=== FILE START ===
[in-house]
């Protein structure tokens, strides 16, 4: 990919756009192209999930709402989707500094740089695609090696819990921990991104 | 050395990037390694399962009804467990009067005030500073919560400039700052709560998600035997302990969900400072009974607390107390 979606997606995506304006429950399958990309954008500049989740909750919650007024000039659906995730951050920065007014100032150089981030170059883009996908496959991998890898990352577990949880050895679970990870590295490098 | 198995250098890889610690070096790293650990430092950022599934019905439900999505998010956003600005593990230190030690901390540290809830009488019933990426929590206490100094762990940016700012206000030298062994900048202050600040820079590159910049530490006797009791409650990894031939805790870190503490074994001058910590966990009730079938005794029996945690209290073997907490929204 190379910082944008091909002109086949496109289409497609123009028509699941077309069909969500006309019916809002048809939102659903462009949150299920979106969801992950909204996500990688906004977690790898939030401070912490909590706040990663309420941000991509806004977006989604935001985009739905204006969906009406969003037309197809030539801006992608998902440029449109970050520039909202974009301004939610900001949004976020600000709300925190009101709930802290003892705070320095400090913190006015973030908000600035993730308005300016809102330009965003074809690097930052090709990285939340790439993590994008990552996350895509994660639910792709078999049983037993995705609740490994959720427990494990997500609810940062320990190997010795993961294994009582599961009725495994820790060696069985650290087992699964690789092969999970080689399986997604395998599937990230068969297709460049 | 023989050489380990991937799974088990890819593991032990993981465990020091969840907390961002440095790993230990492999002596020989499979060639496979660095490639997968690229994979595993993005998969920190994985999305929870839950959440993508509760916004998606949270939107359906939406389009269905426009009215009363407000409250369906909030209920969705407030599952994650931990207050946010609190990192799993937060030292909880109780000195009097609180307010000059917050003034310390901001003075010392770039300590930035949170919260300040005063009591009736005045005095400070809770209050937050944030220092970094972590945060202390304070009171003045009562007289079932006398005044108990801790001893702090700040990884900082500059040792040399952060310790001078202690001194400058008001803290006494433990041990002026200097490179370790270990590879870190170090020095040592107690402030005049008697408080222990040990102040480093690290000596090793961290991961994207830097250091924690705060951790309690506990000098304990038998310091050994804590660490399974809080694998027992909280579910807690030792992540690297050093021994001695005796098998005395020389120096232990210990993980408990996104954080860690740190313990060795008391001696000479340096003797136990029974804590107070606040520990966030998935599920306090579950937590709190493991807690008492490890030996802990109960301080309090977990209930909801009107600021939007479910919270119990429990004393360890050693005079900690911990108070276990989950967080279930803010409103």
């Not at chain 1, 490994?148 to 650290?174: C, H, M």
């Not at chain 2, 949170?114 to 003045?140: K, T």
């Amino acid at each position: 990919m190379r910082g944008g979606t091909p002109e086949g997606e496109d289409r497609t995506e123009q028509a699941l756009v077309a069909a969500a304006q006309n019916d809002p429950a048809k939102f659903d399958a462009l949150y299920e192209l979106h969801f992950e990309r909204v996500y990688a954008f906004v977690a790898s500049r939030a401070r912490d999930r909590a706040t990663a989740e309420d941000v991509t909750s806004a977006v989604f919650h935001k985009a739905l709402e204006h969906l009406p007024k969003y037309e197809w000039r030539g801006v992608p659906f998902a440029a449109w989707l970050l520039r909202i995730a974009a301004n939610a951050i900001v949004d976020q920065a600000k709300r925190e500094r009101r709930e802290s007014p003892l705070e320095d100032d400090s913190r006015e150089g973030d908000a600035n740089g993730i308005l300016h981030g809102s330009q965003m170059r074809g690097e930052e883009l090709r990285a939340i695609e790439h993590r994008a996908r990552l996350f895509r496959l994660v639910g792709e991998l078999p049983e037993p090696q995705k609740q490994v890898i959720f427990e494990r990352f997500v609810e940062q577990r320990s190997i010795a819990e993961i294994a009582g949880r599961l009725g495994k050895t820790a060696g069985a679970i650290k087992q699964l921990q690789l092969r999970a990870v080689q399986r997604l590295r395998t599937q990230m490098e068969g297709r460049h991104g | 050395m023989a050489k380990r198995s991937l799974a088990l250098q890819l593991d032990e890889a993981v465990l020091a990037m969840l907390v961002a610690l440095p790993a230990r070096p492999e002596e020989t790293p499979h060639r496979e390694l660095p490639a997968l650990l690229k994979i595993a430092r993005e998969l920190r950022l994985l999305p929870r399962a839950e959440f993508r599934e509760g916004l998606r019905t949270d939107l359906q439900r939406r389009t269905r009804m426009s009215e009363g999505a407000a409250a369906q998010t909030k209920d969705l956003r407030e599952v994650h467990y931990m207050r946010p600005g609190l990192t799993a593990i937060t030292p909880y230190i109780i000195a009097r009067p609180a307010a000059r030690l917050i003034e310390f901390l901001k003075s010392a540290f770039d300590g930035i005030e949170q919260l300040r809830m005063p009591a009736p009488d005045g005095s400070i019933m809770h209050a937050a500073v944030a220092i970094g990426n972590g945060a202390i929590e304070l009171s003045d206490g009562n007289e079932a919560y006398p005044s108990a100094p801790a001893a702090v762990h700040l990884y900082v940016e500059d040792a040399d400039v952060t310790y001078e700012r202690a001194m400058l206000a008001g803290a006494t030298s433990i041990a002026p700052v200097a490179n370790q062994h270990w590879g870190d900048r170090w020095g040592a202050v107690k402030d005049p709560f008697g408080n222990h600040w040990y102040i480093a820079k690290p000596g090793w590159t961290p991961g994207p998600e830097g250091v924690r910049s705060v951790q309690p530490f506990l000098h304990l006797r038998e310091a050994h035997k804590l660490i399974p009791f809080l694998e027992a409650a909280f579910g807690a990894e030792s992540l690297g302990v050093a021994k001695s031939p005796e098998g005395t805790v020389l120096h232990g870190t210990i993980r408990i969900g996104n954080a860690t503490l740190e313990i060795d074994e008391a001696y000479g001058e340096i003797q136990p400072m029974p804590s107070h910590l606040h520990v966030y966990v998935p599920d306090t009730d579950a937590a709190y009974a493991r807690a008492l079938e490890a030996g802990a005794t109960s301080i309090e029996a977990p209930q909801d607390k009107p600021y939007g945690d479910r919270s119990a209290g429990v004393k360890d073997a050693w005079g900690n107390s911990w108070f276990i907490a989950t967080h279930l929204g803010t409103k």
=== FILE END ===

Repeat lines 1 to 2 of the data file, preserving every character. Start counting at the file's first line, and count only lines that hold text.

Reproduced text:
[in-house]
């Protein structure tokens, strides 16, 4: 990919756009192209999930709402989707500094740089695609090696819990921990991104 | 050395990037390694399962009804467990009067005030500073919560400039700052709560998600035997302990969900400072009974607390107390 979606997606995506304006429950399958990309954008500049989740909750919650007024000039659906995730951050920065007014100032150089981030170059883009996908496959991998890898990352577990949880050895679970990870590295490098 | 198995250098890889610690070096790293650990430092950022599934019905439900999505998010956003600005593990230190030690901390540290809830009488019933990426929590206490100094762990940016700012206000030298062994900048202050600040820079590159910049530490006797009791409650990894031939805790870190503490074994001058910590966990009730079938005794029996945690209290073997907490929204 190379910082944008091909002109086949496109289409497609123009028509699941077309069909969500006309019916809002048809939102659903462009949150299920979106969801992950909204996500990688906004977690790898939030401070912490909590706040990663309420941000991509806004977006989604935001985009739905204006969906009406969003037309197809030539801006992608998902440029449109970050520039909202974009301004939610900001949004976020600000709300925190009101709930802290003892705070320095400090913190006015973030908000600035993730308005300016809102330009965003074809690097930052090709990285939340790439993590994008990552996350895509994660639910792709078999049983037993995705609740490994959720427990494990997500609810940062320990190997010795993961294994009582599961009725495994820790060696069985650290087992699964690789092969999970080689399986997604395998599937990230068969297709460049 | 023989050489380990991937799974088990890819593991032990993981465990020091969840907390961002440095790993230990492999002596020989499979060639496979660095490639997968690229994979595993993005998969920190994985999305929870839950959440993508509760916004998606949270939107359906939406389009269905426009009215009363407000409250369906909030209920969705407030599952994650931990207050946010609190990192799993937060030292909880109780000195009097609180307010000059917050003034310390901001003075010392770039300590930035949170919260300040005063009591009736005045005095400070809770209050937050944030220092970094972590945060202390304070009171003045009562007289079932006398005044108990801790001893702090700040990884900082500059040792040399952060310790001078202690001194400058008001803290006494433990041990002026200097490179370790270990590879870190170090020095040592107690402030005049008697408080222990040990102040480093690290000596090793961290991961994207830097250091924690705060951790309690506990000098304990038998310091050994804590660490399974809080694998027992909280579910807690030792992540690297050093021994001695005796098998005395020389120096232990210990993980408990996104954080860690740190313990060795008391001696000479340096003797136990029974804590107070606040520990966030998935599920306090579950937590709190493991807690008492490890030996802990109960301080309090977990209930909801009107600021939007479910919270119990429990004393360890050693005079900690911990108070276990989950967080279930803010409103």